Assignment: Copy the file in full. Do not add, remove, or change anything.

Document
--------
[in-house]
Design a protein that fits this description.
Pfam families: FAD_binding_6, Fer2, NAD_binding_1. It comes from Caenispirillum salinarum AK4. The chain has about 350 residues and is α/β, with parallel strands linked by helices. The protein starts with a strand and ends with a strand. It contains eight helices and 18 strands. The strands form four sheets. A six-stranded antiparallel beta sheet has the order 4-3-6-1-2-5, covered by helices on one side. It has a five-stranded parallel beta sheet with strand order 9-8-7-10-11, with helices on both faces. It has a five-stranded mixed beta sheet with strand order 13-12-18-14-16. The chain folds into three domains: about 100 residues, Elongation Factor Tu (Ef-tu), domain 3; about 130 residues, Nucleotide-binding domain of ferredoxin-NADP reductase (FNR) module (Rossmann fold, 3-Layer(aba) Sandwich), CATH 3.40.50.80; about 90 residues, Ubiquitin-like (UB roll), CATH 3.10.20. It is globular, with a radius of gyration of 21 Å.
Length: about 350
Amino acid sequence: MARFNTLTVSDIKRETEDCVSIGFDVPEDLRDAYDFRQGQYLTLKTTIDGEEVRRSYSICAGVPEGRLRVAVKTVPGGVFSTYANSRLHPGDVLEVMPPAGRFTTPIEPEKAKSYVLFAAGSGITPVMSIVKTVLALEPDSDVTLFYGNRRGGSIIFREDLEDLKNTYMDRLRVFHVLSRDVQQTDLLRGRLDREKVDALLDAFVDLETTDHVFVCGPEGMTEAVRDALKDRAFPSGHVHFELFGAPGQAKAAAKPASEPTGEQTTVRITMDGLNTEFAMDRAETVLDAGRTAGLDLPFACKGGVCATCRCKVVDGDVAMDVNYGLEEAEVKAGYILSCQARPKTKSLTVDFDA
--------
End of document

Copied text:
[in-house]
Design a protein that fits this description.
Pfam families: FAD_binding_6, Fer2, NAD_binding_1. It comes from Caenispirillum salinarum AK4. The chain has about 350 residues and is α/β, with parallel strands linked by helices. The protein starts with a strand and ends with a strand. It contains eight helices and 18 strands. The strands form four sheets. A six-stranded antiparallel beta sheet has the order 4-3-6-1-2-5, covered by helices on one side. It has a five-stranded parallel beta sheet with strand order 9-8-7-10-11, with helices on both faces. It has a five-stranded mixed beta sheet with strand order 13-12-18-14-16. The chain folds into three domains: about 100 residues, Elongation Factor Tu (Ef-tu), domain 3; about 130 residues, Nucleotide-binding domain of ferredoxin-NADP reductase (FNR) module (Rossmann fold, 3-Layer(aba) Sandwich), CATH 3.40.50.80; about 90 residues, Ubiquitin-like (UB roll), CATH 3.10.20. It is globular, with a radius of gyration of 21 Å.
Length: about 350
Amino acid sequence: MARFNTLTVSDIKRETEDCVSIGFDVPEDLRDAYDFRQGQYLTLKTTIDGEEVRRSYSICAGVPEGRLRVAVKTVPGGVFSTYANSRLHPGDVLEVMPPAGRFTTPIEPEKAKSYVLFAAGSGITPVMSIVKTVLALEPDSDVTLFYGNRRGGSIIFREDLEDLKNTYMDRLRVFHVLSRDVQQTDLLRGRLDREKVDALLDAFVDLETTDHVFVCGPEGMTEAVRDALKDRAFPSGHVHFELFGAPGQAKAAAKPASEPTGEQTTVRITMDGLNTEFAMDRAETVLDAGRTAGLDLPFACKGGVCATCRCKVVDGDVAMDVNYGLEEAEVKAGYILSCQARPKTKSLTVDFDA